Planting Cherries

According to lots of “sources” on the internet there’s a Chinese proverb: “the best time to plant a tree was 20 years ago, the second best time is now.” I think “Chinese proverb” just lends the saying the aura of wisdom. It also seems like 19 years ago would be better than today, but that probably wouldn’t make such a good saying.

I did plant two cherry trees in my yard. The elder indigent boarder loves cherries, which, as you may have noticed, cost a lot. He’s well aware that we won’t be getting fruit for a while, but it got him excited about planting trees – that in itself was worth it. He even supervised.

My neighbor already has a few cherries that don’t provide much in the way of sustenance. We’re both hoping that with even more blossoms in the mix we might see some fruit. Sweet cherry trees need cross pollination to set fruit. This is true of a lot of fruit trees, and can cause a little trouble for gardeners with just a few trees.

For the trees it makes perfect sense. Exchange of genetic information allows for new trait combinations. In human type organisms genetic exchange results in children with traits from both parents. In plants it means the same thing: you get a mixture. Sometimes there are even new traits if a mutation occurred in one parent. If this trait is advantageous it will lead to reproductive success. That’s natural selection in a nut shell, so to speak.

Cherries, and other drupes (peaches, plums, pears and almonds) have “perfect” flowers: both male and female naughty bits. That means that a tree makes both pollen and egg cells in every flower. So how come the “self” pollen doesn’t work?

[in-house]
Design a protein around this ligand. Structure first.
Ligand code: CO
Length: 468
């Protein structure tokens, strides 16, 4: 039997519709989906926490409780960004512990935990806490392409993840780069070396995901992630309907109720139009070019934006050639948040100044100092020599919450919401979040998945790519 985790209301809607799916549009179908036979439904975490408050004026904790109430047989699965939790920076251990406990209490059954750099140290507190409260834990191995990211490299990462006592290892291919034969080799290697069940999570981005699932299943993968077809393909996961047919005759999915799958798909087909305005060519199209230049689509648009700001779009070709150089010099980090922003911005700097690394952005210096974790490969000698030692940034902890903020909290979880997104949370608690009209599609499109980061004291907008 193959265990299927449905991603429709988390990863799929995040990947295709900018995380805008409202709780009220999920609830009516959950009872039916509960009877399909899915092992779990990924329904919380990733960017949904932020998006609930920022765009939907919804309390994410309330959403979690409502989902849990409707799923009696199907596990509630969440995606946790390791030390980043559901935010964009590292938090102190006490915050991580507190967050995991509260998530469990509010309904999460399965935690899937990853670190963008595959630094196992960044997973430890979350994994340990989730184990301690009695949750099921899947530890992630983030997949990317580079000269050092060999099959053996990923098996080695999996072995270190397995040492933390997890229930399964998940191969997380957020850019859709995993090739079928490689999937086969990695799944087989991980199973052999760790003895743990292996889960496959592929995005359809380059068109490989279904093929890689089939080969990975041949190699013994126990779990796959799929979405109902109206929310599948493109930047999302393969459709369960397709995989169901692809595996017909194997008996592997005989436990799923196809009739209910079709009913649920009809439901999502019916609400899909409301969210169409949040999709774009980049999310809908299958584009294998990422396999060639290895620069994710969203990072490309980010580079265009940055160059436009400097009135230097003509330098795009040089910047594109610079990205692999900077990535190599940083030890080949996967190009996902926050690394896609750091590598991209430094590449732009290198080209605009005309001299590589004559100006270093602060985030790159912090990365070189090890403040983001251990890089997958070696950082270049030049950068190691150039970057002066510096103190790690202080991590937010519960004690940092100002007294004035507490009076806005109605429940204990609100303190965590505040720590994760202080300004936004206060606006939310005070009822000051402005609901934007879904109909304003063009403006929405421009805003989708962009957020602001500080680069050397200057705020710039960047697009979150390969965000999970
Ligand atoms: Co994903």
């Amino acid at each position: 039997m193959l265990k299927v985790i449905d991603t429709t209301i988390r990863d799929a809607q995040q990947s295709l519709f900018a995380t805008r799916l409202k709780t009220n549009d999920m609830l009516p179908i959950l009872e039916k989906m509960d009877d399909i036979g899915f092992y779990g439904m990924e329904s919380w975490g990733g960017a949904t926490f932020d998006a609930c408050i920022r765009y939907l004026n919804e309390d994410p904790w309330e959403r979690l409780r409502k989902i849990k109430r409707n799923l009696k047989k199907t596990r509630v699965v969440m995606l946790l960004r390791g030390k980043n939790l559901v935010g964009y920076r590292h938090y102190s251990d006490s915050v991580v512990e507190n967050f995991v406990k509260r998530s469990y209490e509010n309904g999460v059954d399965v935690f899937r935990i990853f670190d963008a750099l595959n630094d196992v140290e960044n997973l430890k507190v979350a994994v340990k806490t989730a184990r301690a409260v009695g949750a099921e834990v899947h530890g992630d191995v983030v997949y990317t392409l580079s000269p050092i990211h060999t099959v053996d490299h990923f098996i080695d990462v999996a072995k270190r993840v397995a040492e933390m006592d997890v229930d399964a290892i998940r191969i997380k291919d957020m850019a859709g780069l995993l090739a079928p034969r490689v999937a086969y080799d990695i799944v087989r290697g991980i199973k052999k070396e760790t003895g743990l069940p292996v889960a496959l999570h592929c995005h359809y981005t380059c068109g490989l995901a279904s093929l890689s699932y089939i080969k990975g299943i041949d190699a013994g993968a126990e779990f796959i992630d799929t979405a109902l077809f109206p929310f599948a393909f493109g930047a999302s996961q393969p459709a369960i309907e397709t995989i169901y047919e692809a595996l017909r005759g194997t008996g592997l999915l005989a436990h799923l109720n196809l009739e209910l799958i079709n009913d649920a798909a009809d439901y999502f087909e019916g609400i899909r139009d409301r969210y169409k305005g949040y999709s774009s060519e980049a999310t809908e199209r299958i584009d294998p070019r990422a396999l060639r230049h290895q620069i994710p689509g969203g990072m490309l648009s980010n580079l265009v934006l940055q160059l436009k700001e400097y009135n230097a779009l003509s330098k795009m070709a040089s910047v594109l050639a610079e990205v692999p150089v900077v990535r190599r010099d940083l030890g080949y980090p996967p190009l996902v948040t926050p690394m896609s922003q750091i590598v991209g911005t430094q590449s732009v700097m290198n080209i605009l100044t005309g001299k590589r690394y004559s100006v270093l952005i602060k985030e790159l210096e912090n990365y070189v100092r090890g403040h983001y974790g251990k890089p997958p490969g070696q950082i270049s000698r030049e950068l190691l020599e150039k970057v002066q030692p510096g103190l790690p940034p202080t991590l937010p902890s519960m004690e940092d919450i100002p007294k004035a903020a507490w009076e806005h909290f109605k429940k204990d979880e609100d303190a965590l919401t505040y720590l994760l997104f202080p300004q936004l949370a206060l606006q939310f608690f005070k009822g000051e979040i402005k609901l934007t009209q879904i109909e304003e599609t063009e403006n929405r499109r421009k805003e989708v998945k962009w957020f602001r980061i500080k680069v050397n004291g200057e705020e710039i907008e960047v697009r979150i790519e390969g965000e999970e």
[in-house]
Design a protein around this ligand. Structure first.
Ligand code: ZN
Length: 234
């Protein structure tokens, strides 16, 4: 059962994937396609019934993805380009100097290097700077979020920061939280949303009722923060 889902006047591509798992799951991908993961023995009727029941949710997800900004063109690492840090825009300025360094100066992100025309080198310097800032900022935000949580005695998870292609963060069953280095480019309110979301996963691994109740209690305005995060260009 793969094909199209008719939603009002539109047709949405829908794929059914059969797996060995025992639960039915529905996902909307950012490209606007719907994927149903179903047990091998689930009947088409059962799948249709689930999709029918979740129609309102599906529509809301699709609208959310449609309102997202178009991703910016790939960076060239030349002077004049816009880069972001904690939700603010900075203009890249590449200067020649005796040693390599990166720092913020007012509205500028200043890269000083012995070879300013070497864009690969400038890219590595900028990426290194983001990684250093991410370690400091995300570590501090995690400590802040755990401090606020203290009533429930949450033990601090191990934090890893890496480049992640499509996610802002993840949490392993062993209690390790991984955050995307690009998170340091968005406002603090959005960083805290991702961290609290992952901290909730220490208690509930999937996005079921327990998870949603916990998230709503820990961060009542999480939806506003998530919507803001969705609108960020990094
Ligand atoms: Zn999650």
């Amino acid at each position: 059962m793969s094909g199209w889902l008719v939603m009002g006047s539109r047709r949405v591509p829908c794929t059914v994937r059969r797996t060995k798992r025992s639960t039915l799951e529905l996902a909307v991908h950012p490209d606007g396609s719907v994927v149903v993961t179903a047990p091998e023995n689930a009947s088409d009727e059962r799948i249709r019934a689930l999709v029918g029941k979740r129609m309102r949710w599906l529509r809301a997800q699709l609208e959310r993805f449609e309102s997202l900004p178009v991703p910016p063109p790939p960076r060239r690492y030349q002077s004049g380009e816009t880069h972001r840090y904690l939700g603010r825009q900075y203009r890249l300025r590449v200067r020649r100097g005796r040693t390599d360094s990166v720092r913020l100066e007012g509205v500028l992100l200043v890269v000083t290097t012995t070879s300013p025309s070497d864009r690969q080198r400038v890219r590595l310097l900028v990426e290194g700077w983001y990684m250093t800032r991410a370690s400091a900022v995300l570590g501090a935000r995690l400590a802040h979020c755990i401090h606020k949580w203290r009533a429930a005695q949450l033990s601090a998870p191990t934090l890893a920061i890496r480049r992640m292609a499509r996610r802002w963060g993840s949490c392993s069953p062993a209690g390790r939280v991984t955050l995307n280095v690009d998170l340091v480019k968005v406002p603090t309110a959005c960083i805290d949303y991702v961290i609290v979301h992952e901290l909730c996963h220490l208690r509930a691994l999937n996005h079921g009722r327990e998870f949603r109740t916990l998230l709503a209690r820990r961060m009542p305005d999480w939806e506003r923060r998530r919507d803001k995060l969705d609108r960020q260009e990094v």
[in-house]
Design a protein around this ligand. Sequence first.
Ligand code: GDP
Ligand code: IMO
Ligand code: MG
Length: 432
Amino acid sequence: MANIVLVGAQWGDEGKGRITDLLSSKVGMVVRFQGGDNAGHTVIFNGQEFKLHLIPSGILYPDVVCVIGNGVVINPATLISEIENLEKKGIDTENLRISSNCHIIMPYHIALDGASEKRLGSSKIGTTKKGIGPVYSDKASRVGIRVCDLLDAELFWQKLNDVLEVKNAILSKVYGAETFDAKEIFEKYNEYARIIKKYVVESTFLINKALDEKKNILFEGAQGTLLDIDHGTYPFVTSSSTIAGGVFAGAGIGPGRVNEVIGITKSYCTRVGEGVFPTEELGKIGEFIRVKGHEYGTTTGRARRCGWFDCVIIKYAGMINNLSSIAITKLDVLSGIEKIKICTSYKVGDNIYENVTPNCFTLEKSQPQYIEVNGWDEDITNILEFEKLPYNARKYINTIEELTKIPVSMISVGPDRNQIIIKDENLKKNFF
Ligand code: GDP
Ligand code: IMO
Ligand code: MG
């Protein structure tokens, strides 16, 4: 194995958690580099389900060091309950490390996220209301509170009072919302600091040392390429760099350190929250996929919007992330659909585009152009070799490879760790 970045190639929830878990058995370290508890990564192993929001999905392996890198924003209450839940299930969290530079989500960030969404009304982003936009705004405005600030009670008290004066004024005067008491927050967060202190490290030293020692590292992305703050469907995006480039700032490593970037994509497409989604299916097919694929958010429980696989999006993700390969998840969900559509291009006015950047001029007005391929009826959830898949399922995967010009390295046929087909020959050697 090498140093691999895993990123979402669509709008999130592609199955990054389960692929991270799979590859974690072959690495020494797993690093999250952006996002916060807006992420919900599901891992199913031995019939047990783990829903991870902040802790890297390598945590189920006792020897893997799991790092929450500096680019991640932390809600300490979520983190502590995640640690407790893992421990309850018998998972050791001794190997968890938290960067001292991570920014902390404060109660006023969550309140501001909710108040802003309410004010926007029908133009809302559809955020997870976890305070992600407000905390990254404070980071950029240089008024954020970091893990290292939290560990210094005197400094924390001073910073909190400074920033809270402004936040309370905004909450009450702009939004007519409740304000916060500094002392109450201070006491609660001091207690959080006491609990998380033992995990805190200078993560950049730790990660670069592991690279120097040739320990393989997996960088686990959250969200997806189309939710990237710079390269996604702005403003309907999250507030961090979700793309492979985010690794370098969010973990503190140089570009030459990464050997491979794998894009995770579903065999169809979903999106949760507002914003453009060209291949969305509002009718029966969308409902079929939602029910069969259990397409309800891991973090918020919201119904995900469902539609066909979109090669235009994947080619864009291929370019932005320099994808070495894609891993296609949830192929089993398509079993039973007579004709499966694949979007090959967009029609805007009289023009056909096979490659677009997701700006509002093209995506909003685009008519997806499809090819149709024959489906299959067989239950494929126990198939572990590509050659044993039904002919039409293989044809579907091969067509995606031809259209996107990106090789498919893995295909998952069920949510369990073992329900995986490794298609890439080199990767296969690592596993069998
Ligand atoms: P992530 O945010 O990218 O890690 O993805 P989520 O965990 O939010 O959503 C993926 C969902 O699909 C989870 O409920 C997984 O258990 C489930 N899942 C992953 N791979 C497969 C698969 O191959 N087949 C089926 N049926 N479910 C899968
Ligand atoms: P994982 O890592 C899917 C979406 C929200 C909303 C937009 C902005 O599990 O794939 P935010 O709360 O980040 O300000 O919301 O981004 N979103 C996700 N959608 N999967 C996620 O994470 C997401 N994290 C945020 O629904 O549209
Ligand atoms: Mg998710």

What a great question. I’m glad I asked.

Animals manage to avoid self-fertilization pretty easily. I’ll spare you the details, this is a column about gardening.

Some plants manage to encourage “out crossing” (sex with other plants) using physical differences. For instance one plant might have all male flowers while another has all female. Another option is to release the pollen before the ovules are ready (or the other way around).

Trees in the Prunus genus (the drupes) have gametophytic self-incompatibility (actually pretty common in other genera as well) (Yamane et al J Exp Bot 2003). GSI as it is known relies on a molecular mechanism to ensure that pollen from a tree can’t deliver sperm to its own egg cells.

When a bee lands on a cherry flower and pollen gets deposited on the stigma (the female tissue that receives the pollen) only pollen from another tree will germinate and get to deliver sperm. In plants with this type of incompatibility there is a region of the DNA called the S-locus. As I’m sure you know he DNA is a code, and what it codes for is protein. If the stigma and the pollen have the same protein then the female parent destroys the pollen. If they’re different the pollen grows. Isn’t that cool?

So when you plant cherry trees you have to ensure that there is enough other pollen around that the bees will go from one tree to the next delivering pollen. Every one of those fruits represents a bee carrying a pollen grain from one tree to the next. We sure do owe a lot to those bees.

Caleb Rounds

Author: Caleb Rounds

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